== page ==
The researchers note that the findings validate BAFF as a possible drug target for MS, lupus, and possibly other autoimmune disorders. The identification of this variant at the population, cellular, and molecular levels also illustrates a new association of a TNFSF13B variant with autoimmunity. This discovery may help to optimize individual therapy for these diseases and aid in the development of new therapies.

    Reference: Overexpression of the cytokine BAFF and autoimmunity risk. Steri, M., et al. The New England Journal of Medicine, April 27, 2017.  

  • April 11, 2017

    As we age, we all face more health conditions and treatments. To ensure they are getting good health care, it’s important for older adults to communicate effectively with their doctors and healthcare professionals.  Help older adults make the most of their doctor’s appointments and communicate effectively with their healthcare providers with NIA’s Talking With Your Doctor Presentation Toolkit. Along with handouts, a slide presentation, and other speaker materials, this easy-to-use presentation, suitable for small or large community groups, features a new 20-minute video that explains everything older adults need to know to prepare for a visit and discuss issues with their doctor.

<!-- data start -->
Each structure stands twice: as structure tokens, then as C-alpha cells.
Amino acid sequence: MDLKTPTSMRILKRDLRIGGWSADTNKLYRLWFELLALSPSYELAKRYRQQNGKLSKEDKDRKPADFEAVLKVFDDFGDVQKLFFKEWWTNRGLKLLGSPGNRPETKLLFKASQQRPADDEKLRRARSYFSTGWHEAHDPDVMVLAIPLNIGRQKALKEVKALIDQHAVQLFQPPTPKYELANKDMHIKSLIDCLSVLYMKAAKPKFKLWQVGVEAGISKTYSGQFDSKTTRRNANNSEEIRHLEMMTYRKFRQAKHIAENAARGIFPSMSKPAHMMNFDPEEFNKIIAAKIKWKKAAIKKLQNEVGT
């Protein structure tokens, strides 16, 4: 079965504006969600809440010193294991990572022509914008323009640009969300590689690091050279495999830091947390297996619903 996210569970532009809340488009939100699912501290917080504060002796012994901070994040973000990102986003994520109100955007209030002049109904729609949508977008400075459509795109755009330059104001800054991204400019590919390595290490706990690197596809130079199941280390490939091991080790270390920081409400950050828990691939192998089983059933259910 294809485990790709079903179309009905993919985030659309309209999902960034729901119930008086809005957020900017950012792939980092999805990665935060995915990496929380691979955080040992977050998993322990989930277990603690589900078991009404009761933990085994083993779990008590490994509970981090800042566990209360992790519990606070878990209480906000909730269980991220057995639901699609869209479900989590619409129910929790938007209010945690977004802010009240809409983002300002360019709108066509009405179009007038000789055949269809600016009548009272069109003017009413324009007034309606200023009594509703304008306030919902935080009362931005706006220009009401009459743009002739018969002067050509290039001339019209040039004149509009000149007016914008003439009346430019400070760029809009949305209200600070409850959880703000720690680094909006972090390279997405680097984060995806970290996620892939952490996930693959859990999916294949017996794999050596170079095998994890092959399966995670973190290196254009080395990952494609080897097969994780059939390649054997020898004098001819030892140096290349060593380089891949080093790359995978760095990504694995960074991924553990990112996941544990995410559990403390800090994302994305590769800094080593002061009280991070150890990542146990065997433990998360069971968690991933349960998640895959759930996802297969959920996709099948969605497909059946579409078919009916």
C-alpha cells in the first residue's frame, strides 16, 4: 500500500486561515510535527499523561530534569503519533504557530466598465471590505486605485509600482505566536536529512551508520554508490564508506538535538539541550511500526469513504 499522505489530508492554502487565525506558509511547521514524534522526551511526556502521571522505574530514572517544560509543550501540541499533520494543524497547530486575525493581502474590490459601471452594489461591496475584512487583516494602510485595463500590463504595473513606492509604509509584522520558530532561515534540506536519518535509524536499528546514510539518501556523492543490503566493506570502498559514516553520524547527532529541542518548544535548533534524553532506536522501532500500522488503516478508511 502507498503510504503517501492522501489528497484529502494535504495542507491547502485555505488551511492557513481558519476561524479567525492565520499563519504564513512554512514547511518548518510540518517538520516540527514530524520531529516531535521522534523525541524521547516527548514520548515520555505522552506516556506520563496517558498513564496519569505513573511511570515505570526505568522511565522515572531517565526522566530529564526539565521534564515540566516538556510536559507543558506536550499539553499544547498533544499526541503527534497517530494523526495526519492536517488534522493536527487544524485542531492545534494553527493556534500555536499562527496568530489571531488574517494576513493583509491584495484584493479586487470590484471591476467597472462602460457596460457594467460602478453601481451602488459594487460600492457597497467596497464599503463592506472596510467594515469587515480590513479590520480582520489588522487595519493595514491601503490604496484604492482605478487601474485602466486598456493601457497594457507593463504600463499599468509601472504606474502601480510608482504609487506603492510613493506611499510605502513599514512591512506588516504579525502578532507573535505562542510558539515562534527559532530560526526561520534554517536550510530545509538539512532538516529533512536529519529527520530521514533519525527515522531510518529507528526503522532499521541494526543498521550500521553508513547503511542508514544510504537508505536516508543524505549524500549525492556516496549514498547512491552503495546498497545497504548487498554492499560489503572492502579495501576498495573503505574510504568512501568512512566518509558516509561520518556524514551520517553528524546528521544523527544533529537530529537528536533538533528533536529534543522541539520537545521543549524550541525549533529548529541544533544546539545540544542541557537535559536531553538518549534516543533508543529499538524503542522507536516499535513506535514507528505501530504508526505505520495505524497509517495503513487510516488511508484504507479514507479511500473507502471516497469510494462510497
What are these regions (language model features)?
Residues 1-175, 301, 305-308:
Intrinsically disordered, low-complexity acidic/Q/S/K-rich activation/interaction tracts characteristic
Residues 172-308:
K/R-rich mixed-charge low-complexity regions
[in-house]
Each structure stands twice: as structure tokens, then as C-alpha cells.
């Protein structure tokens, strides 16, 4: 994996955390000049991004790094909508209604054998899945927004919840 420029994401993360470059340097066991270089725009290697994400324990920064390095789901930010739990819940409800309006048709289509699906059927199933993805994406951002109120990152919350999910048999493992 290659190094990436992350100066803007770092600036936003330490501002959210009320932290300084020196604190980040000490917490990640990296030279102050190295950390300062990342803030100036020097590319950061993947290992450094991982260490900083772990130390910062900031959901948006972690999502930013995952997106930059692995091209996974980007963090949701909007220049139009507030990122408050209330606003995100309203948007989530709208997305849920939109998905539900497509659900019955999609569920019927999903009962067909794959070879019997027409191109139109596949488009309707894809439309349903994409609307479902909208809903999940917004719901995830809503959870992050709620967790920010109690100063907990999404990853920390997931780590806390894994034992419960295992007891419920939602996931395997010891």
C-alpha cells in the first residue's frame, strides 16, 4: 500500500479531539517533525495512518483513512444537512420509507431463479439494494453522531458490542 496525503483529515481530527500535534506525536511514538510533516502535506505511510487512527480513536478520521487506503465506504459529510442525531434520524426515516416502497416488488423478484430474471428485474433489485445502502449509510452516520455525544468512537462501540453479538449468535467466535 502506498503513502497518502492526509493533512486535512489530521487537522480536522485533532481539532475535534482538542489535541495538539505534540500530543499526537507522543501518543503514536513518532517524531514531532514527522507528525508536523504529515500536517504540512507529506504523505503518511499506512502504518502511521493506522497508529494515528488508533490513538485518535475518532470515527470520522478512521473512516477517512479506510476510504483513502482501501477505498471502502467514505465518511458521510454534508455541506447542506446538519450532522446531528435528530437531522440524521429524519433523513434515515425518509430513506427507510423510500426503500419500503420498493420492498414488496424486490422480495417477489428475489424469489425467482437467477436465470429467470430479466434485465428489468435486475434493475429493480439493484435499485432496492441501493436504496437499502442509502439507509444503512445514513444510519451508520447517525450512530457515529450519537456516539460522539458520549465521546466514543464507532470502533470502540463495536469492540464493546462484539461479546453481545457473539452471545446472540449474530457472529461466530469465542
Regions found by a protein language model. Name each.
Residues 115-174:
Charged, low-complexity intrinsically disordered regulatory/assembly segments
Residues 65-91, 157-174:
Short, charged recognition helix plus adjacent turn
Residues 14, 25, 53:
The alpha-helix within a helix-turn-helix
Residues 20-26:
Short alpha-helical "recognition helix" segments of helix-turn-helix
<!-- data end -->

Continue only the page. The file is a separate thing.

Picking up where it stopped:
Watch the new presentation video here:

    Click here to download the Presentation Toolkit. 

  • April 10, 2017

    Aging and Immunity Symposium
    May 10-11, 2017
    Rockville, MD

    This two-day symposium is co-sponsored by the National Institute on Aging and the National Institute of Allergy and Infectious Diseases. There is no charge to attend this meeting, but you must pre-register. Go to this site for more information and to register.

    The symposium will feature an international faculty who will discuss such issues as

    • Aging of stem cells, precursor immune cells and tissue
    • Epigenetic regulation of aging immune cells
    • Aging and metabolism
    • Infectious diseases and vaccines in the elderly
    • Inflammatory and autoimmune disorders in the elderly
    • Longitudinal studies of aging
    • Aging and cancer
    • Interventions to reverse the aging immune system 
  • April 6, 2017